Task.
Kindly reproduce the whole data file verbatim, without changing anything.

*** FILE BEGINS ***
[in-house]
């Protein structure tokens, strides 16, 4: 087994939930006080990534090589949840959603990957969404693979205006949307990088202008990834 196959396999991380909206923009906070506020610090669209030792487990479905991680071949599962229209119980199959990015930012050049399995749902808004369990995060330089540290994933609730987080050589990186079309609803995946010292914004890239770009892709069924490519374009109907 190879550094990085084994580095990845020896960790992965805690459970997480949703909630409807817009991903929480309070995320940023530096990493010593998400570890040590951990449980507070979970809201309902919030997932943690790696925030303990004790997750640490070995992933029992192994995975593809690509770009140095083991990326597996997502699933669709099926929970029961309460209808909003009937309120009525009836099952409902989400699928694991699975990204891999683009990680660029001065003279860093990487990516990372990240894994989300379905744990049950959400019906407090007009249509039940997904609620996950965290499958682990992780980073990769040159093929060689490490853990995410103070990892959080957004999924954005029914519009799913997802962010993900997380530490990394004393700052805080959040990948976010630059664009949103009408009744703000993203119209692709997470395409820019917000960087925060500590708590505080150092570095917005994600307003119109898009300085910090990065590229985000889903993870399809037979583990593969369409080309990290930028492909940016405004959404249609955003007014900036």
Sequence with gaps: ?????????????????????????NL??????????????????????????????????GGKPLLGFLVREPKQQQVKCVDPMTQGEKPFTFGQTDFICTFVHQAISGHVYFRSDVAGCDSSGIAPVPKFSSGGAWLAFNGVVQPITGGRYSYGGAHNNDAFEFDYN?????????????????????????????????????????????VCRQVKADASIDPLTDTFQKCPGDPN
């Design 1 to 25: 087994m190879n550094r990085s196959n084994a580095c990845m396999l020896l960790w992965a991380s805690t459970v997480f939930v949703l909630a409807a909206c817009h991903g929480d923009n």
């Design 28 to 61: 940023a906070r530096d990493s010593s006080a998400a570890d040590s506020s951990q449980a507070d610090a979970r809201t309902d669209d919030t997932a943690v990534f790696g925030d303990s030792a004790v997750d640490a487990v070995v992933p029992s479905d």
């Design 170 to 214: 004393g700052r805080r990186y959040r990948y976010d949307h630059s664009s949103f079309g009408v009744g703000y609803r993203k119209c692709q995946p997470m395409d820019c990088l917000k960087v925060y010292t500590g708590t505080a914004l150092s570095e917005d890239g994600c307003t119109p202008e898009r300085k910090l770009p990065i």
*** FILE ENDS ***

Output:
[in-house]
């Protein structure tokens, strides 16, 4: 087994939930006080990534090589949840959603990957969404693979205006949307990088202008990834 196959396999991380909206923009906070506020610090669209030792487990479905991680071949599962229209119980199959990015930012050049399995749902808004369990995060330089540290994933609730987080050589990186079309609803995946010292914004890239770009892709069924490519374009109907 190879550094990085084994580095990845020896960790992965805690459970997480949703909630409807817009991903929480309070995320940023530096990493010593998400570890040590951990449980507070979970809201309902919030997932943690790696925030303990004790997750640490070995992933029992192994995975593809690509770009140095083991990326597996997502699933669709099926929970029961309460209808909003009937309120009525009836099952409902989400699928694991699975990204891999683009990680660029001065003279860093990487990516990372990240894994989300379905744990049950959400019906407090007009249509039940997904609620996950965290499958682990992780980073990769040159093929060689490490853990995410103070990892959080957004999924954005029914519009799913997802962010993900997380530490990394004393700052805080959040990948976010630059664009949103009408009744703000993203119209692709997470395409820019917000960087925060500590708590505080150092570095917005994600307003119109898009300085910090990065590229985000889903993870399809037979583990593969369409080309990290930028492909940016405004959404249609955003007014900036």
Sequence with gaps: ?????????????????????????NL??????????????????????????????????GGKPLLGFLVREPKQQQVKCVDPMTQGEKPFTFGQTDFICTFVHQAISGHVYFRSDVAGCDSSGIAPVPKFSSGGAWLAFNGVVQPITGGRYSYGGAHNNDAFEFDYN?????????????????????????????????????????????VCRQVKADASIDPLTDTFQKCPGDPN
């Design 1 to 25: 087994m190879n550094r990085s196959n084994a580095c990845m396999l020896l960790w992965a991380s805690t459970v997480f939930v949703l909630a409807a909206c817009h991903g929480d923009n």
């Design 28 to 61: 940023a906070r530096d990493s010593s006080a998400a570890d040590s506020s951990q449980a507070d610090a979970r809201t309902d669209d919030t997932a943690v990534f790696g925030d303990s030792a004790v997750d640490a487990v070995v992933p029992s479905d």
């Design 170 to 214: 004393g700052r805080r990186y959040r990948y976010d949307h630059s664009s949103f079309g009408v009744g703000y609803r993203k119209c692709q995946p997470m395409d820019c990088l917000k960087v925060y010292t500590g708590t505080a914004l150092s570095e917005d890239g994600c307003t119109p202008e898009r300085k910090l770009p990065i």